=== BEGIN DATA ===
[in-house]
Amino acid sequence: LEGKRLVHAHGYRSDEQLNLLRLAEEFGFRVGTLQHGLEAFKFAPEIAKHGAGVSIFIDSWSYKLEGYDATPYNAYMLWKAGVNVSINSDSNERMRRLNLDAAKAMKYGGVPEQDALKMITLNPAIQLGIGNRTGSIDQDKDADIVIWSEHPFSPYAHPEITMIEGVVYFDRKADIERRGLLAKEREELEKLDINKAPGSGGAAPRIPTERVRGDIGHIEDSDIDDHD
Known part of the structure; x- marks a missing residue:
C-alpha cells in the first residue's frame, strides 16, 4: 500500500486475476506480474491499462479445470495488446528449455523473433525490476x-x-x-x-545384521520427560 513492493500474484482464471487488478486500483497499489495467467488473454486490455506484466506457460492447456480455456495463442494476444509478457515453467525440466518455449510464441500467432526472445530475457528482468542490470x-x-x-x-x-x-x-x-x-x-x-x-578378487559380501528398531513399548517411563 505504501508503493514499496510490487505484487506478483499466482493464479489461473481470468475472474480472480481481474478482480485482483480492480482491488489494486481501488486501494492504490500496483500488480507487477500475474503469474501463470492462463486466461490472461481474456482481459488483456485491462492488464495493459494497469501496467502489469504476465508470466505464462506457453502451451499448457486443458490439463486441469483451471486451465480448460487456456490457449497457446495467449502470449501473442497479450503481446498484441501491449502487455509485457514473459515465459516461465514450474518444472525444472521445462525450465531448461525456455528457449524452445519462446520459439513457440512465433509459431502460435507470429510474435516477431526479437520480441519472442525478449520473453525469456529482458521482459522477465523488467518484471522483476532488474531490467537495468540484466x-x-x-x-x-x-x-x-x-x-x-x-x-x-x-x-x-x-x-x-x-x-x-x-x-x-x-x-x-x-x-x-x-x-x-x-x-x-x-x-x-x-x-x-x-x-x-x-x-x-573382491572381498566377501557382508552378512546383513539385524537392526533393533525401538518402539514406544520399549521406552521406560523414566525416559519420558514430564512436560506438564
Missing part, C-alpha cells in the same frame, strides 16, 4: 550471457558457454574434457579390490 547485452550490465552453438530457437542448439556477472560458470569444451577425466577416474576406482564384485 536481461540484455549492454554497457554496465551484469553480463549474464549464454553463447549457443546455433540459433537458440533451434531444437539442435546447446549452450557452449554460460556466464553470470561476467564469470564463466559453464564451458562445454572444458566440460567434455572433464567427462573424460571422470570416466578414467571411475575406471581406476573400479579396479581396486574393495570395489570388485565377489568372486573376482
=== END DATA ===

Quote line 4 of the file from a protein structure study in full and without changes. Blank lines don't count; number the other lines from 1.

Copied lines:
C-alpha cells in the first residue's frame, strides 16, 4: 500500500486475476506480474491499462479445470495488446528449455523473433525490476x-x-x-x-545384521520427560 513492493500474484482464471487488478486500483497499489495467467488473454486490455506484466506457460492447456480455456495463442494476444509478457515453467525440466518455449510464441500467432526472445530475457528482468542490470x-x-x-x-x-x-x-x-x-x-x-x-578378487559380501528398531513399548517411563 505504501508503493514499496510490487505484487506478483499466482493464479489461473481470468475472474480472480481481474478482480485482483480492480482491488489494486481501488486501494492504490500496483500488480507487477500475474503469474501463470492462463486466461490472461481474456482481459488483456485491462492488464495493459494497469501496467502489469504476465508470466505464462506457453502451451499448457486443458490439463486441469483451471486451465480448460487456456490457449497457446495467449502470449501473442497479450503481446498484441501491449502487455509485457514473459515465459516461465514450474518444472525444472521445462525450465531448461525456455528457449524452445519462446520459439513457440512465433509459431502460435507470429510474435516477431526479437520480441519472442525478449520473453525469456529482458521482459522477465523488467518484471522483476532488474531490467537495468540484466x-x-x-x-x-x-x-x-x-x-x-x-x-x-x-x-x-x-x-x-x-x-x-x-x-x-x-x-x-x-x-x-x-x-x-x-x-x-x-x-x-x-x-x-x-x-x-x-x-x-573382491572381498566377501557382508552378512546383513539385524537392526533393533525401538518402539514406544520399549521406552521406560523414566525416559519420558514430564512436560506438564